Louisiana

Where all 24 House Judiciary Democrats stand on impeachment
Majority says that may eventually need to launch an impeachment inquiry to get information

From left, Reps. Joe Neguse, Sylvia R. Garcia, Mary Gay Scanlon, Lou Correa and Val B. Demings attend a House Judiciary markup May 8. (Tom Williams/CQ Roll Call)

More than half of the Democrats on the House Judiciary Committee say their panel may eventually need to open an impeachment inquiry against President Donald Trump if his administration’s efforts to stonewall congressional investigations continue.

CQ Roll Call talked to all but one of the 24 Democrats on the panel over the past two weeks about their views on impeachment in light of Trump, his administration and his allies deciding not to cooperate with their investigation into potential obstruction of justice, corruption and abuses of power. The Democrat not reached directly, California’s Eric Swalwell, a presidential candidate, weighed in on Twitter.

Yes, you can ride in a bow tie, and other lessons from Bike to Work Day
Rep. Earl Blumenauer joined packs of cyclists for the annual commute and free T-shirt frenzy

(Ed Felker/CQ Roll Call)

We caught up with Rep. Earl Blumenauer as he whizzed down the street during his Friday commute to Capitol Hill.

(And by “we” I mean my colleague and cycling enthusiast Ed Felker, who puts the pedal to the pavement rain or shine and kindly wore a GoPro for the occasion.)

Trump is Twitter-bashing 2020 hopeful and NY Mayor de Blasio. That puts him in a rare group
President has saved social media attacks for a handful of Democratic candidates

New York City Mayor Bill de Blasio holds up a copy of “One NYC 2050” as he speaks about the city’s response to climate change at Hunters Point South Park on April 22. (Drew Angerer/Getty Images)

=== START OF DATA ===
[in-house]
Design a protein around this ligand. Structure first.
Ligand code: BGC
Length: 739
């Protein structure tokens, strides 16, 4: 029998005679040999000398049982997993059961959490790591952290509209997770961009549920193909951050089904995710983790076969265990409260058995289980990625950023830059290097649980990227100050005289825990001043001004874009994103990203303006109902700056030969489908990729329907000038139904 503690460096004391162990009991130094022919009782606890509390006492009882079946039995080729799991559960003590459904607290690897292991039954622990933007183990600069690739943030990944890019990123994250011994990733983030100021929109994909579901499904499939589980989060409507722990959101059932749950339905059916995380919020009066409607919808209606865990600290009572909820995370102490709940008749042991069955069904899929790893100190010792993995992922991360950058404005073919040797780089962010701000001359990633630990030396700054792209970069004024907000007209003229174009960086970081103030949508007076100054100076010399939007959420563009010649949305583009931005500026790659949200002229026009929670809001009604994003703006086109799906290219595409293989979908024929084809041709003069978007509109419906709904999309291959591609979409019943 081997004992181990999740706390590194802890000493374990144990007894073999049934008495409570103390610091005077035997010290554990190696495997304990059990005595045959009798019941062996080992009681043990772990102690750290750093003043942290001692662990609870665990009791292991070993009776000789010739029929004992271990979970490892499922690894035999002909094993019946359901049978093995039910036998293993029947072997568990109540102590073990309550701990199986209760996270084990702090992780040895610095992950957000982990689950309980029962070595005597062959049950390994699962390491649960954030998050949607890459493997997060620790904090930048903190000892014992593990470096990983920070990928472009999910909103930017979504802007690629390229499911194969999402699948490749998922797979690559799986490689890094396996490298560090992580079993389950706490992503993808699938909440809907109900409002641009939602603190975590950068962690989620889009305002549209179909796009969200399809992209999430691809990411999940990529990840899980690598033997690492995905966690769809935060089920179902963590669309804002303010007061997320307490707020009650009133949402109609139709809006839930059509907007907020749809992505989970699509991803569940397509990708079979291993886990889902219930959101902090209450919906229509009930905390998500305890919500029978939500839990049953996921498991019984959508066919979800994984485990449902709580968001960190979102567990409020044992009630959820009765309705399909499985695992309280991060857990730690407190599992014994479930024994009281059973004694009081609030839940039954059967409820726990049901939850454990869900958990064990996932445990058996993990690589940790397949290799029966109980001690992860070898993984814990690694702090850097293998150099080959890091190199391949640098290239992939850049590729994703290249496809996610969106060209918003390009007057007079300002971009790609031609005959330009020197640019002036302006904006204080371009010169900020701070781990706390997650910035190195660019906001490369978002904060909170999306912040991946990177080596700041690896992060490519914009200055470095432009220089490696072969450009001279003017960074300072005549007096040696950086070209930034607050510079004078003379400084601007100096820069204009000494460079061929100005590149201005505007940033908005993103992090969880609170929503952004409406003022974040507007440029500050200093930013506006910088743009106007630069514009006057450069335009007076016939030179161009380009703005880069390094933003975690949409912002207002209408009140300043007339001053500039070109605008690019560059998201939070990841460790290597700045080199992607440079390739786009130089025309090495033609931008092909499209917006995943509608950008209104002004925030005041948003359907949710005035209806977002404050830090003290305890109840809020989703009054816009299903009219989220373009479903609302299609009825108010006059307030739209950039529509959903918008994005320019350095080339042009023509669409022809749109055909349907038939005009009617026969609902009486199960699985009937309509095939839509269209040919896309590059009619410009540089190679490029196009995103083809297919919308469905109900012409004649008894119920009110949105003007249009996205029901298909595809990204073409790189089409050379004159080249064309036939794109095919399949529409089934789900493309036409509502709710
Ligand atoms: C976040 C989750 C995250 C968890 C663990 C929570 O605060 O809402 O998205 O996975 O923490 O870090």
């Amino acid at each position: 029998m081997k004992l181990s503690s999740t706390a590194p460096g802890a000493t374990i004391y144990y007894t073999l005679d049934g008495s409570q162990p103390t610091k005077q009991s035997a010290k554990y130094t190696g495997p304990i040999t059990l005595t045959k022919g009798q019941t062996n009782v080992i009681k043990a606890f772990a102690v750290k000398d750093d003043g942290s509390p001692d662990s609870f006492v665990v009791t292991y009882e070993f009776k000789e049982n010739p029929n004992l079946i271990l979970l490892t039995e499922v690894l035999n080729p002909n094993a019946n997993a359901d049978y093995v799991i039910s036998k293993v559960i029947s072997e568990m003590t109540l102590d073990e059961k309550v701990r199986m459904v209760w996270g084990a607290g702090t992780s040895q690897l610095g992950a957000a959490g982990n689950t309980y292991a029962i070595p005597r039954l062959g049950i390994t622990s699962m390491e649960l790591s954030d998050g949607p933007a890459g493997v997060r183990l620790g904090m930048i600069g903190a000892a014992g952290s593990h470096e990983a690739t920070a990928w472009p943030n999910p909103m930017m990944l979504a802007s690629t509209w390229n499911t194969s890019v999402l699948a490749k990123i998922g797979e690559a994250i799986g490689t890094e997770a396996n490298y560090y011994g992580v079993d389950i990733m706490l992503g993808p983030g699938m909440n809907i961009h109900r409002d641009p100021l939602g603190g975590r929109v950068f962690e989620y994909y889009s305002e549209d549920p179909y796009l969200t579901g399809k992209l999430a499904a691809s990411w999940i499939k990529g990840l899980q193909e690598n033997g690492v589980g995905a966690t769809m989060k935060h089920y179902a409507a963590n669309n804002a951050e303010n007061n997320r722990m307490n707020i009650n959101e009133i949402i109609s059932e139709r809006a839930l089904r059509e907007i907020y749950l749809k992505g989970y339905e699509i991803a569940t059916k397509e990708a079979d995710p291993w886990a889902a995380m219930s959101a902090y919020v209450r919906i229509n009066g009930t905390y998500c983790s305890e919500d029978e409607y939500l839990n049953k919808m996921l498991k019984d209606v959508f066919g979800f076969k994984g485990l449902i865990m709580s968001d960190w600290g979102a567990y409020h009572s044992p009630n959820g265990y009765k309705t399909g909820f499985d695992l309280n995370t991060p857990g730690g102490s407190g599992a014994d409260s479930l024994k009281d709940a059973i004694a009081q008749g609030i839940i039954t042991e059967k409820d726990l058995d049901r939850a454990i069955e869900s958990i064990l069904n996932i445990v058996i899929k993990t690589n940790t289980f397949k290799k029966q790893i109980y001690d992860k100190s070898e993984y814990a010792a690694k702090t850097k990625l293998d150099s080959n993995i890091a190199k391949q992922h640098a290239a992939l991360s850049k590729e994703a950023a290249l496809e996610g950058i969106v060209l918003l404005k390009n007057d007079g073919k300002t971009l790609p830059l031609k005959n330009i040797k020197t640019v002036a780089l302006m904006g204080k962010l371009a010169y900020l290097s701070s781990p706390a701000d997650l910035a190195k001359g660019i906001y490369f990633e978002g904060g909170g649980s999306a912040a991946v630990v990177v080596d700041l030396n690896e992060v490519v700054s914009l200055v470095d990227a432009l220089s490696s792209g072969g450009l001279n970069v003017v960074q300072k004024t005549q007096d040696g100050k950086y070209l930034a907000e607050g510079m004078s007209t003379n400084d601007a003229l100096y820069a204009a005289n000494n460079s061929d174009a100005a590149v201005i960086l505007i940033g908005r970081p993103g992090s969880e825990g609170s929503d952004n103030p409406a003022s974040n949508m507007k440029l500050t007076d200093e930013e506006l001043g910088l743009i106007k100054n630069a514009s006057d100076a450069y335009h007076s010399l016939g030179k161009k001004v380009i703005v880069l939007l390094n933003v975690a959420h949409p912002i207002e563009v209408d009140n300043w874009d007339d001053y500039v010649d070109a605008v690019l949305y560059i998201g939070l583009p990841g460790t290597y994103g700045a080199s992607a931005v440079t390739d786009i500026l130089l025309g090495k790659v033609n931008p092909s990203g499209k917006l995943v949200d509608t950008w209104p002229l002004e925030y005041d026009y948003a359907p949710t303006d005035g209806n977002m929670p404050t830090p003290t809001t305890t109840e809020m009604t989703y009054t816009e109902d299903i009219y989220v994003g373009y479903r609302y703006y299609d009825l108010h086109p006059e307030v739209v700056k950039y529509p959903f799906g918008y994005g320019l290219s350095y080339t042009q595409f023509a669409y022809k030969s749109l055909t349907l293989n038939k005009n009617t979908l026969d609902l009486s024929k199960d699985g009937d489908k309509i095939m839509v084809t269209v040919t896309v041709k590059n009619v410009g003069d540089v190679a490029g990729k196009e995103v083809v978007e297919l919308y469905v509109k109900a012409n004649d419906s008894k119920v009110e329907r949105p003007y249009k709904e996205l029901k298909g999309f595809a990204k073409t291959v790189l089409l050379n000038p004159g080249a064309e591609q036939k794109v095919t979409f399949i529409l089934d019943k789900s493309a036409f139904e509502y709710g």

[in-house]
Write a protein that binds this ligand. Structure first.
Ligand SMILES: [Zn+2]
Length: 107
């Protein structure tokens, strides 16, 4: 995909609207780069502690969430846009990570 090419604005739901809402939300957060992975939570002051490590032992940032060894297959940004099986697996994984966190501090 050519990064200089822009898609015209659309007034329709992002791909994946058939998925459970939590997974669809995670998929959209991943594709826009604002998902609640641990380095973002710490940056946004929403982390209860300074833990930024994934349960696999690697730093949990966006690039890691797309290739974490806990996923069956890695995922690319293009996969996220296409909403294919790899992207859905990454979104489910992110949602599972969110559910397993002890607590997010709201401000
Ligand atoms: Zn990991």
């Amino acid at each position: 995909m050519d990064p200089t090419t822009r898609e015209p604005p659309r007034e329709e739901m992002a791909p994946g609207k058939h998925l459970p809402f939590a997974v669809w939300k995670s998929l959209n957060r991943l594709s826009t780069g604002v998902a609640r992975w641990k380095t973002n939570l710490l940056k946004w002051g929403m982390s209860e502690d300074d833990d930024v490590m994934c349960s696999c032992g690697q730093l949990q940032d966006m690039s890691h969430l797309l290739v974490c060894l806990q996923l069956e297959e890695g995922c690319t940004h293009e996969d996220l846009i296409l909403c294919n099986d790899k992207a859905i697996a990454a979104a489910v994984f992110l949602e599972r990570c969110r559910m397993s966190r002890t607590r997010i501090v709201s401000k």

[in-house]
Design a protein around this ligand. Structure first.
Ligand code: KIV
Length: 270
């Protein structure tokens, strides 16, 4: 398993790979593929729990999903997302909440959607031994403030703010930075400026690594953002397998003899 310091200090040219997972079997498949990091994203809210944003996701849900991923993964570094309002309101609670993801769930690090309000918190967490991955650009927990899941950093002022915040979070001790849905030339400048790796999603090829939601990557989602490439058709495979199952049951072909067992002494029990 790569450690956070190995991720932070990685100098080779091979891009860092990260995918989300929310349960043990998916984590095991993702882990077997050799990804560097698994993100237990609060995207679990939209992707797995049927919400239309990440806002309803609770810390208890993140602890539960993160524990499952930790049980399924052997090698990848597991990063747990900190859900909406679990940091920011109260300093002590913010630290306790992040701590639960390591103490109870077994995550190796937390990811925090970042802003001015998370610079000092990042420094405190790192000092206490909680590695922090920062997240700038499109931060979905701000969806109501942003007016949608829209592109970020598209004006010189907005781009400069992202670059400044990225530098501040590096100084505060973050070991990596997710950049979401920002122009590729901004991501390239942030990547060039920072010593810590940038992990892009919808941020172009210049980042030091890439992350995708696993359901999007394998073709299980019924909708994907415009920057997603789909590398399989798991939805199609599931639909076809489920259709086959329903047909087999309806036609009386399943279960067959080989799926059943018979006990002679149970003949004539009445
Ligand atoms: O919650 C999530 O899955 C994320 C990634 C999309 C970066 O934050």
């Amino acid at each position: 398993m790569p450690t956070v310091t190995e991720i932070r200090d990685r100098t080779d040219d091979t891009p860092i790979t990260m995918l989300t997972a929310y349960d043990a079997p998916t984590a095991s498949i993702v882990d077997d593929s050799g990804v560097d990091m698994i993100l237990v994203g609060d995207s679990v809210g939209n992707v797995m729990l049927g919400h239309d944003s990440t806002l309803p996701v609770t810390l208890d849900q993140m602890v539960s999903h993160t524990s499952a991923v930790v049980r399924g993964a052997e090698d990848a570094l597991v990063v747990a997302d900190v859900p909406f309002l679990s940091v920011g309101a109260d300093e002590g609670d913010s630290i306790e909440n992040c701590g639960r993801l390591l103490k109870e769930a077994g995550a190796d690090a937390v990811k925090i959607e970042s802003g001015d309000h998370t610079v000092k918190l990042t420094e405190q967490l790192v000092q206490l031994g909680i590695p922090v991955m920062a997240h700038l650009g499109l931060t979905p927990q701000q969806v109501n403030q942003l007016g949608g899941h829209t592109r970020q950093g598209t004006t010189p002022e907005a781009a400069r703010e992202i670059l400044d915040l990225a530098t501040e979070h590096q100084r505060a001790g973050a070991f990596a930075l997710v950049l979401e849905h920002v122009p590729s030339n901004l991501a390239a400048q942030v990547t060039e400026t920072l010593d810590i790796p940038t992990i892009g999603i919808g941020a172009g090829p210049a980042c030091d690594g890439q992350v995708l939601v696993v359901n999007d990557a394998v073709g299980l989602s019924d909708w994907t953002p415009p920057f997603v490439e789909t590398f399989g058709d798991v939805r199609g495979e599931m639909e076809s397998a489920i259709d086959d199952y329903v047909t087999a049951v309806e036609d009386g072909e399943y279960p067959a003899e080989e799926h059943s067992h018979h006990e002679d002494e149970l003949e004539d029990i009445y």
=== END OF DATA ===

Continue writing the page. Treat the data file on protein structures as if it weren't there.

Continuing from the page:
President Donald Trump used insults to welcome New York Mayor Bill de Blasio into the 2020 presidential race, a strategy he has reserved for only a few Democratic candidates.

Trump wasted little time in slamming candidates like now-front-runner and former Vice President Joe Biden, former Texas Democratic Rep. Beto O’Rourke, Massachusetts Sen. Elizabeth Warren and Sen. Bernie Sanders of Vermont, the 2016 Democratic runner-up. He has said very little about South Bend, Indiana, Mayor Pete Buttigieg and California Sen. Kamala Harris, even though she drew a large crowd at her Oakland campaign kickoff event — noteworthy because the president often remarks on his rally crowds and those drawn by his rivals, which he typically claims are much smaller.

Geraldo Rivera — of all people — defends Rep. Tlaib over Holocaust comments
Democratic congresswoman’s original comments have been taken out of context ‘in a grotesque way,’ Republican Fox News commentator says

Fox News correspondent Geraldo Rivera defended comments about the Israel-Palestine conflict made by Rep. Rashida Tlaib, D-Mich. (Tom Williams/CQ Roll Call file photo)